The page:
Attacked for Poor Service, Robinhood Adds 24/7 Support
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Attacked for Poor Service, Robinhood Adds 24/7 Support

2 years ago

The stock and cryptocurrency trading platform is addressing widespread customer service problems in a year that began with a damaging scandal.

Attacked for Poor Service, Robinhood Adds 24/7 Support


Stock and crypto brokerage firm Robinhood has rolled out around-the-clock telephone support — aiming to shore up its customer service in a year when it has faced intense criticism over treatment of clients.

The company wasted little time in noting that it is the first crypto platform to offer a 24/7 service. Robinhood went public in July — despite the IPO being overshadowed by a scandal that saw it accused of putting the needs of a lucrative hedge fund ahead of its customers.

Support service starts with a request on the Robinhood app, which will generate a notification when the customer is next in line for a callback from the support team. This will include the number that the call will be coming from to help customers differentiate it from spam, the company announced. It will likely provide a line of defense against phishing attacks.

Nor will a missed or dropped call push users to the back of the line, the company said, promising a callback message with a notification about how to jump back into the queue.

The support service will not just be limited to technical issues, Robinhood said, adding:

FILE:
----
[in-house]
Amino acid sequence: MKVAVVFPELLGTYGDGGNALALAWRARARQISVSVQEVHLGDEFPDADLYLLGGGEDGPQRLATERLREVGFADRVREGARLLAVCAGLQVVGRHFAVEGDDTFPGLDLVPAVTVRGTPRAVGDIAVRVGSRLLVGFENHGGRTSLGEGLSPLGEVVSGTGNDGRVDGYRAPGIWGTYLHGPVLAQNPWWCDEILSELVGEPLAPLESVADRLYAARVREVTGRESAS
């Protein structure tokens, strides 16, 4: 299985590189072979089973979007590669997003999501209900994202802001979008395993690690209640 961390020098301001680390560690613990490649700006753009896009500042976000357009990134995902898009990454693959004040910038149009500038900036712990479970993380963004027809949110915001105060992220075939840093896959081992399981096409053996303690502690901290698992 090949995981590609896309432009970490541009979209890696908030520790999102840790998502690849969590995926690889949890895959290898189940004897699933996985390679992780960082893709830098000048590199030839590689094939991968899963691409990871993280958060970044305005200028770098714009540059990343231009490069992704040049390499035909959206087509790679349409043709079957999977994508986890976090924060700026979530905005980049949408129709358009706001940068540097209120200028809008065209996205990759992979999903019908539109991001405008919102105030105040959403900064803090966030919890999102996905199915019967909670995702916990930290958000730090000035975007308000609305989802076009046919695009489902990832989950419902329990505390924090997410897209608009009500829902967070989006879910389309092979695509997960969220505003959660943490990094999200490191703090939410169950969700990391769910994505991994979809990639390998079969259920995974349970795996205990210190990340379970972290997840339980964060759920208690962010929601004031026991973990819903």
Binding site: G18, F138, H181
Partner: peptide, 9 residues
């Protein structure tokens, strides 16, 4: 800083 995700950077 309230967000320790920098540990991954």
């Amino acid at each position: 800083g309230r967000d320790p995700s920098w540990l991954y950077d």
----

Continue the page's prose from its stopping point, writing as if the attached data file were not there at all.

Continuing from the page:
“You can get answers any time you need on anything from how to request shares for an upcoming IPO to questions about a recent crypto purchase.”

The company also promised that service reps trained in specific areas of Robinhood’s business will be available, recommending that customers seeking a support call be as specific as possible when making the in-app request. It explained:

“For example, if you reach out with a question about options, you’ll get a call directly from a registered representative to help you.” 

Robinhood added that it has doubled its customer service staff this year, and is continuing to enlarge it. 

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Seeking Redemption

It hasn’t been a good year for Robinhood when it comes to customer service. 

Robinhood’s 2021 began disastrously, when the firm was the target of widespread outrage from customers, criticism from elected officials and a record $70 million fine by regulators after it cut off trading on Gamestop, AMC and a number of other stocks. That was while a Reddit campaign to lift the video game and movie chain’s stocks — and cripple short-selling hedge funds, including one that was a major partner — was in full swing and very successful. 
In February, CNBC reported that the Federal Trade Commission had received a flurry of complaints by customers saying they were unable to liquidate and close their accounts.
And in April, a Wall Street Journal article about its customer service problems began: 

“Trading on Robinhood Markets Inc. takes seconds. Getting an account problem fixed can take weeks.”

That said, the company continued to prosper, attracting six million new customers in the first quarter. Its IPO in July raised $2.1 billion and resulted in a valuation of nearly $32 billion.
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